Best thing you’ll see all week: The Last Will and Testament of Rosalind Leigh

, | Movie reviews


Rodrigo Gudino is the founder of a horror enthusiast magazine called Rue Morgue. Those aren’t really the credentials I look for in a director. So I can hardly blame you if you suppose his latest movie, The Last Will and Testament of Rosalind Leigh, wouldn’t be worth watching, even though he somehow finagled Vanessa Redgrave into lending it her stately voiceover. But rather than read anything I have to say to the contrary, watch this minor masterpiece of tableau. Seriously. Just watch it. It’s only six minutes. And it’s the six minutes that sealed the deal for me wanting to see Gudino’s latest movie without knowing anything else about it.

Last Will and Testament presumably stars Aaron Poole — I know him from Ed Gass-Donnelly’s fascinating Small Town Murder Songs — as a man staying in his mother’s house shortly after her death. But the real star of the movie is the production design for the house. If you watched the short I linked above, you’ll see in this movie’s set the same amount of lovingly eerie detail. You’ll also see the camera once again as an active participant. Gudino uses it to prowl the house with otherworldly intention. Is he showing us things? Is this someone — or something — looking at things? Is this a ghost’s point of view? And how does he explain Redgrave’s voiceover? Although it’s ultimately more mood than plot, I’m convinced it all makes as much sense as it needs to make. And although it’s slow, creepy, and subtle, it’s perfectly willing to be shocking. There are at least two “what the effing eff did I just see?” scenes, including one where I couldn’t see half the scene. But when Gudino wants to show you something, he sure knows how to show it.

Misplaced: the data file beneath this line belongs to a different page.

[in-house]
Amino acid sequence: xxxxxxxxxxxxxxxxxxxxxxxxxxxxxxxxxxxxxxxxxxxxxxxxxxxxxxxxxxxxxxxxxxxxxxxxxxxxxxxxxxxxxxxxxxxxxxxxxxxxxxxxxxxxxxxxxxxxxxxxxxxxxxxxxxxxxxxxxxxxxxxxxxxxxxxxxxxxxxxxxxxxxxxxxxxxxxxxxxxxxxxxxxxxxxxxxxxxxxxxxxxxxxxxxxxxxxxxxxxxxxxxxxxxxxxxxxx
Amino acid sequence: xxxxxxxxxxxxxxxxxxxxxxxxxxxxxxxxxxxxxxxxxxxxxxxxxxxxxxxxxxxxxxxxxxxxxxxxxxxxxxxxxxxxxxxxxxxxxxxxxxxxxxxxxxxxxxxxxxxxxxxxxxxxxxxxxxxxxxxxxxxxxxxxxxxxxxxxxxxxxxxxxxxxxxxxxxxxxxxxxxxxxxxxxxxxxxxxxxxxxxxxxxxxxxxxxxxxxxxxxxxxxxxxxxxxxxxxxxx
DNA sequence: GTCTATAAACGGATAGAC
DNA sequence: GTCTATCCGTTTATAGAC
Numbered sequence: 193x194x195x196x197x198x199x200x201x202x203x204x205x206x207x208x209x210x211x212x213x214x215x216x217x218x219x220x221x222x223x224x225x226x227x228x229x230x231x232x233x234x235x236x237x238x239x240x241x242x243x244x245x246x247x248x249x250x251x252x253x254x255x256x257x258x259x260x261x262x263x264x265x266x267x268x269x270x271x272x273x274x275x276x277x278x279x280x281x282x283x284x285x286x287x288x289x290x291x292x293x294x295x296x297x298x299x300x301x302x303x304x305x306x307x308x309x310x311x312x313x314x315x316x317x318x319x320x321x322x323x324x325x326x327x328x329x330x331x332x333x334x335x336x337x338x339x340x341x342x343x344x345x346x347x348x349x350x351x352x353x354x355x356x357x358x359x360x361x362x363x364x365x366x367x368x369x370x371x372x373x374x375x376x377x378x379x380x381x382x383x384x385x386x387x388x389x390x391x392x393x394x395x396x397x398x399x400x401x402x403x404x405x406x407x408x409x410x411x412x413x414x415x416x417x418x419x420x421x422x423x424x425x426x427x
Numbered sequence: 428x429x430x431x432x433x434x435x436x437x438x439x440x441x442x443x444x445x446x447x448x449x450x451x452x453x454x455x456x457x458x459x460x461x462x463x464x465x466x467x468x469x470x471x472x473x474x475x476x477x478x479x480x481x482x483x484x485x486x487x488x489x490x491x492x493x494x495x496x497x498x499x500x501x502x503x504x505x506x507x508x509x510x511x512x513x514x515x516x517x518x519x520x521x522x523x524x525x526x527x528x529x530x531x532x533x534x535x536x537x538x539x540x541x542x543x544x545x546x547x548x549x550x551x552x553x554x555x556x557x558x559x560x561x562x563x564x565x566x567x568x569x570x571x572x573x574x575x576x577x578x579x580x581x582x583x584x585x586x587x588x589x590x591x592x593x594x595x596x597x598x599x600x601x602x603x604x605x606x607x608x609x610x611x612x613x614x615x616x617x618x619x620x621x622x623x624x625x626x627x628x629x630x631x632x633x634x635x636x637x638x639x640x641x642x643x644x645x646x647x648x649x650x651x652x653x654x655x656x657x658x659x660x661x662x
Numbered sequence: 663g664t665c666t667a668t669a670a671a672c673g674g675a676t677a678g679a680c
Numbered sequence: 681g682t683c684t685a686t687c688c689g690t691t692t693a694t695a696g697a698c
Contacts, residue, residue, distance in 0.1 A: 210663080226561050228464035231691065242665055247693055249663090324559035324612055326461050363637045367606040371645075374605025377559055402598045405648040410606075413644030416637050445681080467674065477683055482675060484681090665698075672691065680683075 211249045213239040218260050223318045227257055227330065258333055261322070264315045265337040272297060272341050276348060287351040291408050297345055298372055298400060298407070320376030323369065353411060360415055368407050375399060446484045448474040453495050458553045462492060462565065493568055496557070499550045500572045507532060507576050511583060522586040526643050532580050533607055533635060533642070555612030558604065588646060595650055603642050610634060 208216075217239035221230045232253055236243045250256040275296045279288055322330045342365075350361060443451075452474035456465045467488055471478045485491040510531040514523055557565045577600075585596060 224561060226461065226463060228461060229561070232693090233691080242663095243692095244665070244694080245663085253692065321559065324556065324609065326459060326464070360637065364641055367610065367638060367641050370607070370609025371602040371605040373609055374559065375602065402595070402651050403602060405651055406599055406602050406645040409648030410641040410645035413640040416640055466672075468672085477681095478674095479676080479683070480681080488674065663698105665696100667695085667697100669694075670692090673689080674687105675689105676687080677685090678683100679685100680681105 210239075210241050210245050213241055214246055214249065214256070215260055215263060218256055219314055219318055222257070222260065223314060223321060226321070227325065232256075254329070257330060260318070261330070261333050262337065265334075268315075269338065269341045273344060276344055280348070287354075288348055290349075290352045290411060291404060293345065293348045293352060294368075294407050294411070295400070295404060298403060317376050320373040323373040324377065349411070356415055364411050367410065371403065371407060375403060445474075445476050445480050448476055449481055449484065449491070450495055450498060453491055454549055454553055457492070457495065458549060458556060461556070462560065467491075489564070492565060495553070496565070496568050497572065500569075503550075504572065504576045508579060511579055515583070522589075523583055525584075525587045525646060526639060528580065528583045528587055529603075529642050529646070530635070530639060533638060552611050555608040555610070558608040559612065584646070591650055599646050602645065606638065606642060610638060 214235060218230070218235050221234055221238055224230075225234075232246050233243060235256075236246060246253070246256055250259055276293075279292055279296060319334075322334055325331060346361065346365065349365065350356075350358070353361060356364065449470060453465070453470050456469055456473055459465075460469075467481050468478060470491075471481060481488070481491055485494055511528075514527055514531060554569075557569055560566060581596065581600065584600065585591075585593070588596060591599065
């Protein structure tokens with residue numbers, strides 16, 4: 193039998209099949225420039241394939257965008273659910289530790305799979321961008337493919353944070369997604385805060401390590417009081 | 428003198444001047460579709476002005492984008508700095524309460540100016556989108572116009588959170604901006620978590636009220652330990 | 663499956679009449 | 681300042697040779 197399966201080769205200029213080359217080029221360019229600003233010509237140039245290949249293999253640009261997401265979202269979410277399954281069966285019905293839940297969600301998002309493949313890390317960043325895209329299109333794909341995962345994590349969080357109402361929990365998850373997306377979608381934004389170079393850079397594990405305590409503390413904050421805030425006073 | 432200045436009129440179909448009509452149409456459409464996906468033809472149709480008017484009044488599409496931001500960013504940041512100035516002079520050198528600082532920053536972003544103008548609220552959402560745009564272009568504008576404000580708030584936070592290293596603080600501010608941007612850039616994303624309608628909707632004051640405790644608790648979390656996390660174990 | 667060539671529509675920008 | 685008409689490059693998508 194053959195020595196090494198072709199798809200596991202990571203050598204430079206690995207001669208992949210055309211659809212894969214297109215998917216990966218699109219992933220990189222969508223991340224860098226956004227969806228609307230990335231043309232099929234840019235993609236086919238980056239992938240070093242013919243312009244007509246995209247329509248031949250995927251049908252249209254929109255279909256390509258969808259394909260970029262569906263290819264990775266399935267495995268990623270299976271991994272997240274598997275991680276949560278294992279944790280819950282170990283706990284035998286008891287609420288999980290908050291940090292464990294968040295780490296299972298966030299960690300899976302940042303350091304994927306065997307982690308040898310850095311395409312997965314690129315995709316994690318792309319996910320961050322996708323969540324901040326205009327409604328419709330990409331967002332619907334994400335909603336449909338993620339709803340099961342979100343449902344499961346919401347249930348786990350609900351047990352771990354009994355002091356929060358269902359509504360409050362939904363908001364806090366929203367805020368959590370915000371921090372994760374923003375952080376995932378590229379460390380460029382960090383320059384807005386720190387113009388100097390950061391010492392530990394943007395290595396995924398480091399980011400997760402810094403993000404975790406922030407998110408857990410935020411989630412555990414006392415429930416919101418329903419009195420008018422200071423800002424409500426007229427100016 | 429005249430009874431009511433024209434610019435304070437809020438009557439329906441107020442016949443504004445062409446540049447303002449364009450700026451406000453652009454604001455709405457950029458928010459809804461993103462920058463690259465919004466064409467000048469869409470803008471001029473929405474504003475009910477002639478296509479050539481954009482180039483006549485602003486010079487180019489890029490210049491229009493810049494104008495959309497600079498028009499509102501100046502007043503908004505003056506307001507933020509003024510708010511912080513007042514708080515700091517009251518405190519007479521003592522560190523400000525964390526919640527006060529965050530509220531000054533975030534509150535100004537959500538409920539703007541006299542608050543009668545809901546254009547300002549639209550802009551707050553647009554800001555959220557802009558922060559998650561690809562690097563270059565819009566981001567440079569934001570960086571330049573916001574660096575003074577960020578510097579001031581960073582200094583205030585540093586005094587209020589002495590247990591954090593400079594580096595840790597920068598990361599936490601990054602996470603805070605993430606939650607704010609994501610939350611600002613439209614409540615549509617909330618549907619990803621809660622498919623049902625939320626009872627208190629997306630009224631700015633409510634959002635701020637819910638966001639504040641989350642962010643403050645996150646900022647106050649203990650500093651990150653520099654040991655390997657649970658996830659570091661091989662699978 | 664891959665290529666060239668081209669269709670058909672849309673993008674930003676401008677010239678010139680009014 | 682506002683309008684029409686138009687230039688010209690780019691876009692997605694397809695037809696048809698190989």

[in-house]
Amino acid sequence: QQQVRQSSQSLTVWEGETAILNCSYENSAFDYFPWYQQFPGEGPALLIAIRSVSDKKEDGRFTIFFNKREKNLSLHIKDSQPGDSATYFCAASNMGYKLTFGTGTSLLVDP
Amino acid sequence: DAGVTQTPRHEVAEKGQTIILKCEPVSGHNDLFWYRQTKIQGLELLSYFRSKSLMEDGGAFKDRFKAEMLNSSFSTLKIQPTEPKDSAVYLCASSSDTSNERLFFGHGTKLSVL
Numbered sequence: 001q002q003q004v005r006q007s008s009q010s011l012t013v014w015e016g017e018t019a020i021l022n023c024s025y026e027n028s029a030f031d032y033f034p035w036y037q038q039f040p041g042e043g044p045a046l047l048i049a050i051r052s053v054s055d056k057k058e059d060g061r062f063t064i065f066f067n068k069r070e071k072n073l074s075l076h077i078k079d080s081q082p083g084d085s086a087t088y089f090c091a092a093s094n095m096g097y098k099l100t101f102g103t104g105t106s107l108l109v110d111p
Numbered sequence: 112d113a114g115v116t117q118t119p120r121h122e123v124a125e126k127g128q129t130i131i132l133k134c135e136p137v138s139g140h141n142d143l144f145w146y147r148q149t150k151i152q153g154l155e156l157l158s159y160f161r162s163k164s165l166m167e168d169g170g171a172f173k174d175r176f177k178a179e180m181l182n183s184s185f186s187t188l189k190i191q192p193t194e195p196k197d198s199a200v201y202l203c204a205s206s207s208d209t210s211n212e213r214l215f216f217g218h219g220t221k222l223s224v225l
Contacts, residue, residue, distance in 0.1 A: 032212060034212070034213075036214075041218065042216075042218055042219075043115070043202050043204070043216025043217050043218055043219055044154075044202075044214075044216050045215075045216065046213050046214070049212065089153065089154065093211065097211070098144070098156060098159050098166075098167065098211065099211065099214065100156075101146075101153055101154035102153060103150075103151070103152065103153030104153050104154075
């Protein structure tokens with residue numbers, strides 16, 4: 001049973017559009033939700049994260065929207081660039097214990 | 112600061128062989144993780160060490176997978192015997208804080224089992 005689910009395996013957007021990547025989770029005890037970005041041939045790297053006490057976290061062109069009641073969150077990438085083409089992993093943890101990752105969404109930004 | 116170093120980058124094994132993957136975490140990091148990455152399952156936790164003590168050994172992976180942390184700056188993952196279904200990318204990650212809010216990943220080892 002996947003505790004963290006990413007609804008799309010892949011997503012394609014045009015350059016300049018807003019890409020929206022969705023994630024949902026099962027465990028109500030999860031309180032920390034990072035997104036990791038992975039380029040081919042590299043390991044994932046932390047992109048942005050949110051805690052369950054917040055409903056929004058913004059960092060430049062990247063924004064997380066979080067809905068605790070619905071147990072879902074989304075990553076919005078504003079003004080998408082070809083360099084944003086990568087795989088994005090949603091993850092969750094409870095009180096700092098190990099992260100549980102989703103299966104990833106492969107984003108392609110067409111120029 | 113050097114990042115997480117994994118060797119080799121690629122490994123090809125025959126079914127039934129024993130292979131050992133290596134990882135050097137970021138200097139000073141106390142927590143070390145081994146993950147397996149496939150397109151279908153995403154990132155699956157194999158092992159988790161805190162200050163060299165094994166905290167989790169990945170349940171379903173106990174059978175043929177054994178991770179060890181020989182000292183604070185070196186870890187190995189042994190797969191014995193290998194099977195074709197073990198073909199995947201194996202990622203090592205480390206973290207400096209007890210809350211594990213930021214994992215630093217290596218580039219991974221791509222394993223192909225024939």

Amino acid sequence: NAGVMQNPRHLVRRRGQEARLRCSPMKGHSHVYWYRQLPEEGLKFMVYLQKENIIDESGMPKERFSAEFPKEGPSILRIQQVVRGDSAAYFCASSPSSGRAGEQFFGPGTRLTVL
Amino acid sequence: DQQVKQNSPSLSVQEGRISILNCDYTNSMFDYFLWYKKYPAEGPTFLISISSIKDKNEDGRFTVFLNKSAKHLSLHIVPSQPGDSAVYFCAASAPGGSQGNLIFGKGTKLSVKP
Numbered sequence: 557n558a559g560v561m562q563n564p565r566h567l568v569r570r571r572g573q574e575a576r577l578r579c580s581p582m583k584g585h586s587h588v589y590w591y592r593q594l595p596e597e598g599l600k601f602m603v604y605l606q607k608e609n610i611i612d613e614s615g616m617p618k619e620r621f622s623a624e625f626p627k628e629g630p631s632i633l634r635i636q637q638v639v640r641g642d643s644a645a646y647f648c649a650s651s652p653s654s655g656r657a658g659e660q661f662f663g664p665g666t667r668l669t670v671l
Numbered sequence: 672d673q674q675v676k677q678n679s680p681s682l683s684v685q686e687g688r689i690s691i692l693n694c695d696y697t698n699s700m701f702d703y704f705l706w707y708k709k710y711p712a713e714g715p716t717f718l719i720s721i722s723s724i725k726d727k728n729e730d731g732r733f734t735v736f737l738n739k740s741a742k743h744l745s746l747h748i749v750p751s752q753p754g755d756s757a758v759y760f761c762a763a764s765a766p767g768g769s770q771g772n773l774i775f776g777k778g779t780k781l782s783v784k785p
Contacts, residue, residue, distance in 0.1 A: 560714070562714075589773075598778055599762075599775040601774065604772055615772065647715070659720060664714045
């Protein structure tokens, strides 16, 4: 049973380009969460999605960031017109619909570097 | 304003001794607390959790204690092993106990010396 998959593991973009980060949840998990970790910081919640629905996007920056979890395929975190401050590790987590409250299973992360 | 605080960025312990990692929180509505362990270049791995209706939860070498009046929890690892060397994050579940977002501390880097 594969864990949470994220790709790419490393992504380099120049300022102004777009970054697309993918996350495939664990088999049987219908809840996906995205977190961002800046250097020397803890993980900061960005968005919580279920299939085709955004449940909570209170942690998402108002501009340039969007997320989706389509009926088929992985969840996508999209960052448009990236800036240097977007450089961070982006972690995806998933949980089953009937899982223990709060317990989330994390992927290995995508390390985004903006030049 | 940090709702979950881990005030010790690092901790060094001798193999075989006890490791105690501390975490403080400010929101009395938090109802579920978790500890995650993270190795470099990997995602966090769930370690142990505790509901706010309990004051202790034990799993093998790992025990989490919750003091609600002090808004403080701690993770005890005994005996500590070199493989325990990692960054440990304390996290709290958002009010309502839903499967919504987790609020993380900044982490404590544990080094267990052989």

The Last Will and Testament of Rosalind Leigh is currently available on VOD services. Watch is here on to support Qt3.